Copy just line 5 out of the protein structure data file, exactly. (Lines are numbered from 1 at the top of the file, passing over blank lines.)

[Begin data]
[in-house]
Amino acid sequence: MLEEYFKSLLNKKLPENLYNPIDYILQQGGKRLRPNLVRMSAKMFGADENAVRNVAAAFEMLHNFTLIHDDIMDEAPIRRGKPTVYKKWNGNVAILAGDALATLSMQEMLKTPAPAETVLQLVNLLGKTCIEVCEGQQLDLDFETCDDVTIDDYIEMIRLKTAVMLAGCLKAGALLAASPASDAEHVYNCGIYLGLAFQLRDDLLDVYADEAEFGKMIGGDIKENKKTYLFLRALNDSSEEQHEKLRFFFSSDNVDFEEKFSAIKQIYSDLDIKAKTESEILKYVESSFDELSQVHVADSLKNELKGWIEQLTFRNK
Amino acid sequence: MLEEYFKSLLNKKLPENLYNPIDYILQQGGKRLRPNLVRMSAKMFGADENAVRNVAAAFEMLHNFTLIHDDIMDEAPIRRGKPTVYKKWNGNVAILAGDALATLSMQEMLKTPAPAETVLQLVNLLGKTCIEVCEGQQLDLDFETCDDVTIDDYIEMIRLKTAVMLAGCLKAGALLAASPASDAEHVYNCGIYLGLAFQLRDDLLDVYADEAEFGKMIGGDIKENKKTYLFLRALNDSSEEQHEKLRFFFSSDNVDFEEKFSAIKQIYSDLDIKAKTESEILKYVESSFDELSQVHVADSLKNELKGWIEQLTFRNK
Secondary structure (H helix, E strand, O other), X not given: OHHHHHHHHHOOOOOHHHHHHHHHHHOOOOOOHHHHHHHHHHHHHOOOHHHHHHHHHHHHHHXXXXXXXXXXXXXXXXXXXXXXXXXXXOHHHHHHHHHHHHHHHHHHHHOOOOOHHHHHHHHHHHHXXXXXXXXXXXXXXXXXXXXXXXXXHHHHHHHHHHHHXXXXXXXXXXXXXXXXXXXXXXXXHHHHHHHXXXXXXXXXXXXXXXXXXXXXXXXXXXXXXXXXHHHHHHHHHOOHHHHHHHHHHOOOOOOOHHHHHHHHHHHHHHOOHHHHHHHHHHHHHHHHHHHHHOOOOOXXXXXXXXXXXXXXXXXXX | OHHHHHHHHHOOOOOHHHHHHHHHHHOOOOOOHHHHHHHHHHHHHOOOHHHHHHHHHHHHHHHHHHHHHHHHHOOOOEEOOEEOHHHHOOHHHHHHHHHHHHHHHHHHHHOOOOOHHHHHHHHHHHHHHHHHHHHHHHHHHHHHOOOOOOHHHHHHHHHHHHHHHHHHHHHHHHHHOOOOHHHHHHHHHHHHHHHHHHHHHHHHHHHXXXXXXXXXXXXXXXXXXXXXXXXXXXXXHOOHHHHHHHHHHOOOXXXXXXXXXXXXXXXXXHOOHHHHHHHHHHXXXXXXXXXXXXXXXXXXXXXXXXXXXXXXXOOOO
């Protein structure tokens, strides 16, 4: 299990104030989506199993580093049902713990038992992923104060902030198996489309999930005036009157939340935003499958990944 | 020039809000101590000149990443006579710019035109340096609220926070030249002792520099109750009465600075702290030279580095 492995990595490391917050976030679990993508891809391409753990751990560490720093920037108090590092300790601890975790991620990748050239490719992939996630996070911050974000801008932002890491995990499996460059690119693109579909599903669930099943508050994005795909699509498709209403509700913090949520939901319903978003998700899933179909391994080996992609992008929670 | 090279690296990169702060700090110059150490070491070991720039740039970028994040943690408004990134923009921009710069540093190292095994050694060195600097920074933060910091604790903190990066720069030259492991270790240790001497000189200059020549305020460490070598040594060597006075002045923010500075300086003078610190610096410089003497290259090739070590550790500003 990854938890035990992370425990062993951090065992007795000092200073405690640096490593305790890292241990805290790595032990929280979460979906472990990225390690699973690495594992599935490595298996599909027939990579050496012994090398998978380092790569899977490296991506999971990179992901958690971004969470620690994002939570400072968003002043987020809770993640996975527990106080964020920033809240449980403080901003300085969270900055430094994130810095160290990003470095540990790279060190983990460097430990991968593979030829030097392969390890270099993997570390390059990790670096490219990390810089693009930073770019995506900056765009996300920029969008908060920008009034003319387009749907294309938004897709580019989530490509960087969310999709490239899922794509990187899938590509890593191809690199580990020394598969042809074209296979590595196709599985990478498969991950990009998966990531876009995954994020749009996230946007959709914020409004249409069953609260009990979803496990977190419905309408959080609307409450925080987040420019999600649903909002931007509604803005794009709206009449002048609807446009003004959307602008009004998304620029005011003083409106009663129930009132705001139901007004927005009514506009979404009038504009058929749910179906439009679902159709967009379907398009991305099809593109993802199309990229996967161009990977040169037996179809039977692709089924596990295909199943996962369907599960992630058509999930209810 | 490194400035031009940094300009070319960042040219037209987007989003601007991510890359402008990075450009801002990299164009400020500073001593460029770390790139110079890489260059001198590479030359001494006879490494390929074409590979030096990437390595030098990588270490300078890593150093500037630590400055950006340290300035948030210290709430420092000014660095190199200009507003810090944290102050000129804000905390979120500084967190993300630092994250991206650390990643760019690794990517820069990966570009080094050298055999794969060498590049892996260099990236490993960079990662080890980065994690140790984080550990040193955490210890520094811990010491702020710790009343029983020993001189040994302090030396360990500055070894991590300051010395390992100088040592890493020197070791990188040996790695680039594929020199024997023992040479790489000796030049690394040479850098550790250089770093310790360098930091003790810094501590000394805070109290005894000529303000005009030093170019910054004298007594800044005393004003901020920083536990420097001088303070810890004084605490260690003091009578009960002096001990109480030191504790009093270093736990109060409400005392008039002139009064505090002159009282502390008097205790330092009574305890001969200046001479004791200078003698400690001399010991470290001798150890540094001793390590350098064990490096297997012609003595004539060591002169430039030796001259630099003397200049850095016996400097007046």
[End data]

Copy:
């Protein structure tokens, strides 16, 4: 299990104030989506199993580093049902713990038992992923104060902030198996489309999930005036009157939340935003499958990944 | 020039809000101590000149990443006579710019035109340096609220926070030249002792520099109750009465600075702290030279580095 492995990595490391917050976030679990993508891809391409753990751990560490720093920037108090590092300790601890975790991620990748050239490719992939996630996070911050974000801008932002890491995990499996460059690119693109579909599903669930099943508050994005795909699509498709209403509700913090949520939901319903978003998700899933179909391994080996992609992008929670 | 090279690296990169702060700090110059150490070491070991720039740039970028994040943690408004990134923009921009710069540093190292095994050694060195600097920074933060910091604790903190990066720069030259492991270790240790001497000189200059020549305020460490070598040594060597006075002045923010500075300086003078610190610096410089003497290259090739070590550790500003 990854938890035990992370425990062993951090065992007795000092200073405690640096490593305790890292241990805290790595032990929280979460979906472990990225390690699973690495594992599935490595298996599909027939990579050496012994090398998978380092790569899977490296991506999971990179992901958690971004969470620690994002939570400072968003002043987020809770993640996975527990106080964020920033809240449980403080901003300085969270900055430094994130810095160290990003470095540990790279060190983990460097430990991968593979030829030097392969390890270099993997570390390059990790670096490219990390810089693009930073770019995506900056765009996300920029969008908060920008009034003319387009749907294309938004897709580019989530490509960087969310999709490239899922794509990187899938590509890593191809690199580990020394598969042809074209296979590595196709599985990478498969991950990009998966990531876009995954994020749009996230946007959709914020409004249409069953609260009990979803496990977190419905309408959080609307409450925080987040420019999600649903909002931007509604803005794009709206009449002048609807446009003004959307602008009004998304620029005011003083409106009663129930009132705001139901007004927005009514506009979404009038504009058929749910179906439009679902159709967009379907398009991305099809593109993802199309990229996967161009990977040169037996179809039977692709089924596990295909199943996962369907599960992630058509999930209810 | 490194400035031009940094300009070319960042040219037209987007989003601007991510890359402008990075450009801002990299164009400020500073001593460029770390790139110079890489260059001198590479030359001494006879490494390929074409590979030096990437390595030098990588270490300078890593150093500037630590400055950006340290300035948030210290709430420092000014660095190199200009507003810090944290102050000129804000905390979120500084967190993300630092994250991206650390990643760019690794990517820069990966570009080094050298055999794969060498590049892996260099990236490993960079990662080890980065994690140790984080550990040193955490210890520094811990010491702020710790009343029983020993001189040994302090030396360990500055070894991590300051010395390992100088040592890493020197070791990188040996790695680039594929020199024997023992040479790489000796030049690394040479850098550790250089770093310790360098930091003790810094501590000394805070109290005894000529303000005009030093170019910054004298007594800044005393004003901020920083536990420097001088303070810890004084605490260690003091009578009960002096001990109480030191504790009093270093736990109060409400005392008039002139009064505090002159009282502390008097205790330092009574305890001969200046001479004791200078003698400690001399010991470290001798150890540094001793390590350098064990490096297997012609003595004539060591002169430039030796001259630099003397200049850095016996400097007046």